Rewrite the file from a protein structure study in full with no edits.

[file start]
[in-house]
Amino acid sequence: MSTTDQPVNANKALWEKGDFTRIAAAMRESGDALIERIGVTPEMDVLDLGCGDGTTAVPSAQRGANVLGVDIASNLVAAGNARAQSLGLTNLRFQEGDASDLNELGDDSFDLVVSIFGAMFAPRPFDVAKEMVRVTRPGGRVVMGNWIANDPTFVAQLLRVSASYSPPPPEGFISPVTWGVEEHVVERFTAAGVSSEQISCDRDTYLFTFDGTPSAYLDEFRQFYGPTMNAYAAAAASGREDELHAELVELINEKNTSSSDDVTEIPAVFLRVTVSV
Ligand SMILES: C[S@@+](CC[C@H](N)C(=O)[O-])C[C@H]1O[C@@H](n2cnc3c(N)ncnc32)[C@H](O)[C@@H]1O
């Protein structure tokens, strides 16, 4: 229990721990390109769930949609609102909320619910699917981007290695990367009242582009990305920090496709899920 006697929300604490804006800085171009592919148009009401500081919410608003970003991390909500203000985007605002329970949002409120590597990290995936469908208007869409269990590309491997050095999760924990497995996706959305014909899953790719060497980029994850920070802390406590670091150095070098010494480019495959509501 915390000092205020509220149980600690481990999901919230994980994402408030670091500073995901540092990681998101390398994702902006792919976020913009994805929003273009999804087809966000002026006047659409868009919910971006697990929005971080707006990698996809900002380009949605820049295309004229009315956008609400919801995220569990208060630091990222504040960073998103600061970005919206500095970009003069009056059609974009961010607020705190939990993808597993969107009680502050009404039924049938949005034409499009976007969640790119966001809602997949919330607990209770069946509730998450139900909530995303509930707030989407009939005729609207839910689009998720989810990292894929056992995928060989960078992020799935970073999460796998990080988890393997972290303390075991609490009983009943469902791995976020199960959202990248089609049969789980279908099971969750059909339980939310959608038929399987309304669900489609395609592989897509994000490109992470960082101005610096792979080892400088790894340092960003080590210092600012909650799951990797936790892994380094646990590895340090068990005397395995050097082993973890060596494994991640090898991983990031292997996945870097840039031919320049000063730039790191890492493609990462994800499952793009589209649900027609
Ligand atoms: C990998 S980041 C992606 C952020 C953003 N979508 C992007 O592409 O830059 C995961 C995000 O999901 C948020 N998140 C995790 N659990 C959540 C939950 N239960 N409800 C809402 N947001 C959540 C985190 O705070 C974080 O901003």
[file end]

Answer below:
[in-house]
Amino acid sequence: MSTTDQPVNANKALWEKGDFTRIAAAMRESGDALIERIGVTPEMDVLDLGCGDGTTAVPSAQRGANVLGVDIASNLVAAGNARAQSLGLTNLRFQEGDASDLNELGDDSFDLVVSIFGAMFAPRPFDVAKEMVRVTRPGGRVVMGNWIANDPTFVAQLLRVSASYSPPPPEGFISPVTWGVEEHVVERFTAAGVSSEQISCDRDTYLFTFDGTPSAYLDEFRQFYGPTMNAYAAAAASGREDELHAELVELINEKNTSSSDDVTEIPAVFLRVTVSV
Ligand SMILES: C[S@@+](CC[C@H](N)C(=O)[O-])C[C@H]1O[C@@H](n2cnc3c(N)ncnc32)[C@H](O)[C@@H]1O
């Protein structure tokens, strides 16, 4: 229990721990390109769930949609609102909320619910699917981007290695990367009242582009990305920090496709899920 006697929300604490804006800085171009592919148009009401500081919410608003970003991390909500203000985007605002329970949002409120590597990290995936469908208007869409269990590309491997050095999760924990497995996706959305014909899953790719060497980029994850920070802390406590670091150095070098010494480019495959509501 915390000092205020509220149980600690481990999901919230994980994402408030670091500073995901540092990681998101390398994702902006792919976020913009994805929003273009999804087809966000002026006047659409868009919910971006697990929005971080707006990698996809900002380009949605820049295309004229009315956008609400919801995220569990208060630091990222504040960073998103600061970005919206500095970009003069009056059609974009961010607020705190939990993808597993969107009680502050009404039924049938949005034409499009976007969640790119966001809602997949919330607990209770069946509730998450139900909530995303509930707030989407009939005729609207839910689009998720989810990292894929056992995928060989960078992020799935970073999460796998990080988890393997972290303390075991609490009983009943469902791995976020199960959202990248089609049969789980279908099971969750059909339980939310959608038929399987309304669900489609395609592989897509994000490109992470960082101005610096792979080892400088790894340092960003080590210092600012909650799951990797936790892994380094646990590895340090068990005397395995050097082993973890060596494994991640090898991983990031292997996945870097840039031919320049000063730039790191890492493609990462994800499952793009589209649900027609
Ligand atoms: C990998 S980041 C992606 C952020 C953003 N979508 C992007 O592409 O830059 C995961 C995000 O999901 C948020 N998140 C995790 N659990 C959540 C939950 N239960 N409800 C809402 N947001 C959540 C985190 O705070 C974080 O901003």